Assessing the volatile profile of carob tree (Ceratonia siliqua L.)

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Abstract

Biogenic volatile organic compounds (VOCs) contribute to the communication, growth, breeding, and defense of plant; their role in plant kingdom is vital. Carob tree is cultivated mainly in Middle East and eastern European countries (e.g., Spain, Italy, Greece, Cyprus) and lately in Australia, the USA, and South Africa. Therefore, it is examined as a case study for its volatile emissions in the environment. Apart from the VOCs emitted from carob flowers and fruit, carob is considered of great interest for the food industry (carob powder), not only for its health benefits but also due to its characteristic strong aroma, which can be maintained even after processing (roasting). Solid-phase microextraction/gas chromatography-mass spectrometry (SPME/GC-MS) analyses of carob flowers, fruit, and powder (commercial samples) were performed and the detected VOCs are presented and discussed. The most prominent chemical classes emitted from carob fruit and powder appeared to be acids followed by esters and aldehydes/ketones, whereas from carob flowers the terpenoids. The strongest VOCs both in carob fruits and powder were propanoic acid, 2-methyl (isobutyric acid) and in flowers ethanol. The uniqueness of carob benefits is well known in the agriculture, pharmaceutical, cosmetic, and food sector and is closely related to the agro-economy and long history of eastern Mediterranean countries.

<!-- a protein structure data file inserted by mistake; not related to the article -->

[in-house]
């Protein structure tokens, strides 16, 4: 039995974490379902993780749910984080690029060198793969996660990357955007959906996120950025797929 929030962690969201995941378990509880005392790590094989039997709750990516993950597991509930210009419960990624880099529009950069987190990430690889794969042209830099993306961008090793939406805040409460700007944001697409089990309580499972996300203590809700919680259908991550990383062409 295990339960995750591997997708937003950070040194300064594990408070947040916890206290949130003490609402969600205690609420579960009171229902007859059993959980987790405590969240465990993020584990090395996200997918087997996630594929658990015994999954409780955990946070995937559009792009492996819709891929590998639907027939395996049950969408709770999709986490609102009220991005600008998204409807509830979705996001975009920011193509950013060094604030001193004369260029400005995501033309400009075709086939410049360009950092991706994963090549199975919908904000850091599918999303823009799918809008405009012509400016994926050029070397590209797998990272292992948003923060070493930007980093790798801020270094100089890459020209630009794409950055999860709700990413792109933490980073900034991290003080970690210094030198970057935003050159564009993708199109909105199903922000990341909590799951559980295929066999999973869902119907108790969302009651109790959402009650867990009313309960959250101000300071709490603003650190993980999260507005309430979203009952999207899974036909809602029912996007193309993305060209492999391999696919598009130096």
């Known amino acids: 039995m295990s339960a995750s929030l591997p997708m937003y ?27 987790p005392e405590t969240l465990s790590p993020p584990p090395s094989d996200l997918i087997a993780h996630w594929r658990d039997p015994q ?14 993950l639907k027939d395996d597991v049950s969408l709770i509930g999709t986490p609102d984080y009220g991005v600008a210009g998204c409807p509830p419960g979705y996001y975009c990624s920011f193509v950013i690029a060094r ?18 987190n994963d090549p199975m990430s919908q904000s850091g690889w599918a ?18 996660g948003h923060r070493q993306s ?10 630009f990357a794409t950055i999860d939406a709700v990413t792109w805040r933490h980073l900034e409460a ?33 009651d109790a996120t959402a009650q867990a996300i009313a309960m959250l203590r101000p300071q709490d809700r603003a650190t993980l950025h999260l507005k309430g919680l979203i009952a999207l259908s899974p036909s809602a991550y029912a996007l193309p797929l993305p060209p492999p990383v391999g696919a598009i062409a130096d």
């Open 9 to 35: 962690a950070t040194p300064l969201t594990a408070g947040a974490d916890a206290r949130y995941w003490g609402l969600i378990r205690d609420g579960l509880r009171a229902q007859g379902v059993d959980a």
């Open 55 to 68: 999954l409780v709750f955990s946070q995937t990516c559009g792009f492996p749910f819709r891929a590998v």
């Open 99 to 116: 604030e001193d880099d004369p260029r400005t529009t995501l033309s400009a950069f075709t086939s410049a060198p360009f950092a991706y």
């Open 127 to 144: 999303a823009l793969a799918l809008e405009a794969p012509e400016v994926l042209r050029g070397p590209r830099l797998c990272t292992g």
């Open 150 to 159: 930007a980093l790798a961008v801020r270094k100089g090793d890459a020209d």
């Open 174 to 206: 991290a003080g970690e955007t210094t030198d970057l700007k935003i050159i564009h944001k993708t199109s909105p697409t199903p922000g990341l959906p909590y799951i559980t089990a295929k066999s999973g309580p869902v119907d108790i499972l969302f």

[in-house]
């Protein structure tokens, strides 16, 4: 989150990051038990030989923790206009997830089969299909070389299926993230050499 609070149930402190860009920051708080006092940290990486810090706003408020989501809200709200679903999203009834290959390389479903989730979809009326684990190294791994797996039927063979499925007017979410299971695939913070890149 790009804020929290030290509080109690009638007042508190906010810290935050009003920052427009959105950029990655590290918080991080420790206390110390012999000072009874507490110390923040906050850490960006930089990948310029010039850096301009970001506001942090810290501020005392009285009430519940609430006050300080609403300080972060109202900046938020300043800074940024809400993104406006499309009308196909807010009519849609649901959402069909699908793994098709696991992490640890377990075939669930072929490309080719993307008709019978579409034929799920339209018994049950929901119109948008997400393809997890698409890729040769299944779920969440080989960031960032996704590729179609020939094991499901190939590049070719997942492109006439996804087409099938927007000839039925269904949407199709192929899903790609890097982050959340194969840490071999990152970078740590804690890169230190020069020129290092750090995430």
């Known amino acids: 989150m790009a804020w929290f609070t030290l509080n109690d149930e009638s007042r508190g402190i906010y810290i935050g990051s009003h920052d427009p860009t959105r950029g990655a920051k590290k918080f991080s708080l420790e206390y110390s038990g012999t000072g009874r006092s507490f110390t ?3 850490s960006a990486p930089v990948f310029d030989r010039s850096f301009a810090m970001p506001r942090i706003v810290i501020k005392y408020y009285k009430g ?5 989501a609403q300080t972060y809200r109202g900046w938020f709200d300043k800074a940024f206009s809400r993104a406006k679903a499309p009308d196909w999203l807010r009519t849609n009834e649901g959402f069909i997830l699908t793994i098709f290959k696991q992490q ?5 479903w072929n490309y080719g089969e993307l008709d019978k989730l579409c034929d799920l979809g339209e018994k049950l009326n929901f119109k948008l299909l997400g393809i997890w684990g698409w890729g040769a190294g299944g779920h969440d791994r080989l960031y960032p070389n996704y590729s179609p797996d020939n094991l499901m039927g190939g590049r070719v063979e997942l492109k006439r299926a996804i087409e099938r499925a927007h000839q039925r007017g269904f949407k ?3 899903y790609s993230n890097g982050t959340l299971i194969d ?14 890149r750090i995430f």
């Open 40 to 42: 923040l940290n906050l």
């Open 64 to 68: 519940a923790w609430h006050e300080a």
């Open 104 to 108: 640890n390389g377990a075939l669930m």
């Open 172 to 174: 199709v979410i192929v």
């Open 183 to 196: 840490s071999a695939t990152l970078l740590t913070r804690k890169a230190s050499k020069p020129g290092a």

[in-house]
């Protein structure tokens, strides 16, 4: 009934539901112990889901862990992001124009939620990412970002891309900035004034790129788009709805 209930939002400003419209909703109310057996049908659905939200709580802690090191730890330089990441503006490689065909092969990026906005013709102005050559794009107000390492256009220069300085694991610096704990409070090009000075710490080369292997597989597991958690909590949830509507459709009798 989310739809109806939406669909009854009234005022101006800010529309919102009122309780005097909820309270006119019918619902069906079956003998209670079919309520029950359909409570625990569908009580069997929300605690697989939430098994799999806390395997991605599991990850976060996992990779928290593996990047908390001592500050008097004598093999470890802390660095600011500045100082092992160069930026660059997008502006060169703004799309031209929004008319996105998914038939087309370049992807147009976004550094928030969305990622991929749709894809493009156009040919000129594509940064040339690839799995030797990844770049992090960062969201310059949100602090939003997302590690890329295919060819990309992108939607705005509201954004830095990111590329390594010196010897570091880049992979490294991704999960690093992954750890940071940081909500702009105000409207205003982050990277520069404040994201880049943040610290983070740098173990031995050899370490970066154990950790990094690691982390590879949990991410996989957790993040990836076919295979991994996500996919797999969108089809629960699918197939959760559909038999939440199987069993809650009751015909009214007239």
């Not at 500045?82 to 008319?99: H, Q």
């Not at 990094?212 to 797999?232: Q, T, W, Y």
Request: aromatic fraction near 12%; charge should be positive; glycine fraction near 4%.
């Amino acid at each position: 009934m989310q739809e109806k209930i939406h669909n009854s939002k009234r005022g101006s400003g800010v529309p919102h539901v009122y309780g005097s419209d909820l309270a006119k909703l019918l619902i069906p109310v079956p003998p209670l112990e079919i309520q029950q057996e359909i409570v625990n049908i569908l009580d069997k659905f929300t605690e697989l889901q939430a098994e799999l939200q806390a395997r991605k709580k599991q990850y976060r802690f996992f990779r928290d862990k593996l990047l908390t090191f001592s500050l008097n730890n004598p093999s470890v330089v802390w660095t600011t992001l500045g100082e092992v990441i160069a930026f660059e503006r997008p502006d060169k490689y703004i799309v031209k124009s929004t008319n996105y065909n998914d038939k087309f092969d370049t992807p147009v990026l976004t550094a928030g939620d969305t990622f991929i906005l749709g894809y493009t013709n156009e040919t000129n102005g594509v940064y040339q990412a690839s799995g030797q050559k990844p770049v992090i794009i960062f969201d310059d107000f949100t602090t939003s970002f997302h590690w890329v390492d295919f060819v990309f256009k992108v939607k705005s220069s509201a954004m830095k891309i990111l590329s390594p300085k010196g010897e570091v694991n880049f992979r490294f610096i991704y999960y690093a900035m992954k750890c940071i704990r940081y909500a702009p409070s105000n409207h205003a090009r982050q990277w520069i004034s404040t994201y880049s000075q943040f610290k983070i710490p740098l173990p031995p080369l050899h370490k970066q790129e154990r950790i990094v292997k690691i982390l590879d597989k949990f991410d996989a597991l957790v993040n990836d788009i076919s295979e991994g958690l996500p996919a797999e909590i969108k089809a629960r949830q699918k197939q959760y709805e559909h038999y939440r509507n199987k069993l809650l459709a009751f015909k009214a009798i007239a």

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  • 26 April 2019

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Funding

The authors would like to thank the Cyprus Research Promotion Foundation (CRPF Grant: INTEGRATED/0916/0019) and the University of Cyprus for funding this work.

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Correspondence to Agapios Agapiou.

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The original article was revised: The original publication of this paper contains an error. The correct caption of Figure 2 is shown in this paper.

Responsible editor: Philippe Garrigues

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Krokou, A., Stylianou, M. & Agapiou, A. Assessing the volatile profile of carob tree (Ceratonia siliqua L.). Environ Sci Pollut Res 26, 35365–35374 (2019). https://doi.org/10.1007/s11356-019-04664-7

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Keywords

  • Biogenic
  • VOCs
  • SPME/GC-MS
  • Emissions
  • Odor
  • Plantomics